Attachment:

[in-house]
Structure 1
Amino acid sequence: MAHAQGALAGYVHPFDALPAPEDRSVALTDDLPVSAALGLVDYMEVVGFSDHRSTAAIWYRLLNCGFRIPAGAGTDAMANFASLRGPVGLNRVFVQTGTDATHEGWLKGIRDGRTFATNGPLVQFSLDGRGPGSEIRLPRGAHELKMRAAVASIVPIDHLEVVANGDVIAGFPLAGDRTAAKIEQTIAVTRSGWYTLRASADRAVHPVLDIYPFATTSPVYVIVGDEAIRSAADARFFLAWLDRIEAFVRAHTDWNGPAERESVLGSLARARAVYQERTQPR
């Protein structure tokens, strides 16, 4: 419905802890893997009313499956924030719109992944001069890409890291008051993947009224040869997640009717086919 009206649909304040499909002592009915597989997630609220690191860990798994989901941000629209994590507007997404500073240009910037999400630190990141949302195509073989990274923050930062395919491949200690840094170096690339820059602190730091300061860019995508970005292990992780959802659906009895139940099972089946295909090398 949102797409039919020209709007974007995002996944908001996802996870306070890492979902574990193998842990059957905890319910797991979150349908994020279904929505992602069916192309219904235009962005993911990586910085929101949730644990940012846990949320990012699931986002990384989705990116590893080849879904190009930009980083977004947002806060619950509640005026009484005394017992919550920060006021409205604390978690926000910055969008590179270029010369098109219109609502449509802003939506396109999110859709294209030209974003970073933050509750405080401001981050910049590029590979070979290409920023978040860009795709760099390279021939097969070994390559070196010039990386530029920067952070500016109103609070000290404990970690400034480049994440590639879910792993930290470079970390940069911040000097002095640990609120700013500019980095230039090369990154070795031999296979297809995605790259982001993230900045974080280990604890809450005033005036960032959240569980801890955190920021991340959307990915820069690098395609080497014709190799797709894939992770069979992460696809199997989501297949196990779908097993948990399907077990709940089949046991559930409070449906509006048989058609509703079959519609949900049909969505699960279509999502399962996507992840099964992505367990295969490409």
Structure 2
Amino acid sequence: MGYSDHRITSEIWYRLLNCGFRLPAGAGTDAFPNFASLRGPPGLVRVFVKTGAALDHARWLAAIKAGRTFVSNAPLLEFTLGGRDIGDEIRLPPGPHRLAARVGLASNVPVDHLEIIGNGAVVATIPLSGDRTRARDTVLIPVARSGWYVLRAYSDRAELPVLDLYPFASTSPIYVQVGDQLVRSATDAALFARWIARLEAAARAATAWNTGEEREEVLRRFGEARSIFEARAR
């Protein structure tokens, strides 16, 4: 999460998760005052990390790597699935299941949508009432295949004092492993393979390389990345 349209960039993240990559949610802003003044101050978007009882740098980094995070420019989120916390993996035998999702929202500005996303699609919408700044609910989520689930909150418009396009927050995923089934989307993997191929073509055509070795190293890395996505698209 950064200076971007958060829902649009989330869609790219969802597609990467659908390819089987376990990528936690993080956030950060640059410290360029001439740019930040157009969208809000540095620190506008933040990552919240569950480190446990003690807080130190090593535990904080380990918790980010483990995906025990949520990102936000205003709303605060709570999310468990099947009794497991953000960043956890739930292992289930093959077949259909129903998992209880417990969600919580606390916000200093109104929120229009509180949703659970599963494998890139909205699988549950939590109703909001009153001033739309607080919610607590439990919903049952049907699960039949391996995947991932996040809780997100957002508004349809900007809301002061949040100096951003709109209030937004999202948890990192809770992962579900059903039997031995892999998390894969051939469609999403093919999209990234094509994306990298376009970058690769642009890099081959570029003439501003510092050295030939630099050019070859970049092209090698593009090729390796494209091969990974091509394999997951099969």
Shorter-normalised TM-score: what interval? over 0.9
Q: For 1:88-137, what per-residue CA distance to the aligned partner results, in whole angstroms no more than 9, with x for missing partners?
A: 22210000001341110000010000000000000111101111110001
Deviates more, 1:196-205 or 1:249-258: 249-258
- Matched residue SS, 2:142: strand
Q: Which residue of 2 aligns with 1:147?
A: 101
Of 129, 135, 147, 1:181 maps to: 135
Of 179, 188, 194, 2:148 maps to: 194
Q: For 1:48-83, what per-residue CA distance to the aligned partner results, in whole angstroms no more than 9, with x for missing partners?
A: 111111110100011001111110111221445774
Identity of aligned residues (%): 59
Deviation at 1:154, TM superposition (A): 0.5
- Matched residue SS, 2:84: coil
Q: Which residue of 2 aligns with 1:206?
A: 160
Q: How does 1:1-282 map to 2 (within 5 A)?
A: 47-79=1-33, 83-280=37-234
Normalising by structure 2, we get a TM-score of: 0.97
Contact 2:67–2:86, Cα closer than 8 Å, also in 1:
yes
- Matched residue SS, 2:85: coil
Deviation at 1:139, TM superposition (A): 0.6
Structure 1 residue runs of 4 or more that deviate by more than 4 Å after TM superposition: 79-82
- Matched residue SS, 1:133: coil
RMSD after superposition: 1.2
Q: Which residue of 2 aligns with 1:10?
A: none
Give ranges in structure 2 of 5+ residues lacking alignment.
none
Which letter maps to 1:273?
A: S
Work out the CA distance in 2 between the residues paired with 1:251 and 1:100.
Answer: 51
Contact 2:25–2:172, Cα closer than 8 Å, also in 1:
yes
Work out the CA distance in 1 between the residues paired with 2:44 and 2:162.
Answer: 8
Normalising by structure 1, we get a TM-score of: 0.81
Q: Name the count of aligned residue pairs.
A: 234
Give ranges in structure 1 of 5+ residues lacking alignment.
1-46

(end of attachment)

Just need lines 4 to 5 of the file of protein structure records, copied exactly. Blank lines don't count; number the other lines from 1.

């Protein structure tokens, strides 16, 4: 419905802890893997009313499956924030719109992944001069890409890291008051993947009224040869997640009717086919 009206649909304040499909002592009915597989997630609220690191860990798994989901941000629209994590507007997404500073240009910037999400630190990141949302195509073989990274923050930062395919491949200690840094170096690339820059602190730091300061860019995508970005292990992780959802659906009895139940099972089946295909090398 949102797409039919020209709007974007995002996944908001996802996870306070890492979902574990193998842990059957905890319910797991979150349908994020279904929505992602069916192309219904235009962005993911990586910085929101949730644990940012846990949320990012699931986002990384989705990116590893080849879904190009930009980083977004947002806060619950509640005026009484005394017992919550920060006021409205604390978690926000910055969008590179270029010369098109219109609502449509802003939506396109999110859709294209030209974003970073933050509750405080401001981050910049590029590979070979290409920023978040860009795709760099390279021939097969070994390559070196010039990386530029920067952070500016109103609070000290404990970690400034480049994440590639879910792993930290470079970390940069911040000097002095640990609120700013500019980095230039090369990154070795031999296979297809995605790259982001993230900045974080280990604890809450005033005036960032959240569980801890955190920021991340959307990915820069690098395609080497014709190799797709894939992770069979992460696809199997989501297949196990779908097993948990399907077990709940089949046991559930409070449906509006048989058609509703079959519609949900049909969505699960279509999502399962996507992840099964992505367990295969490409």
Structure 2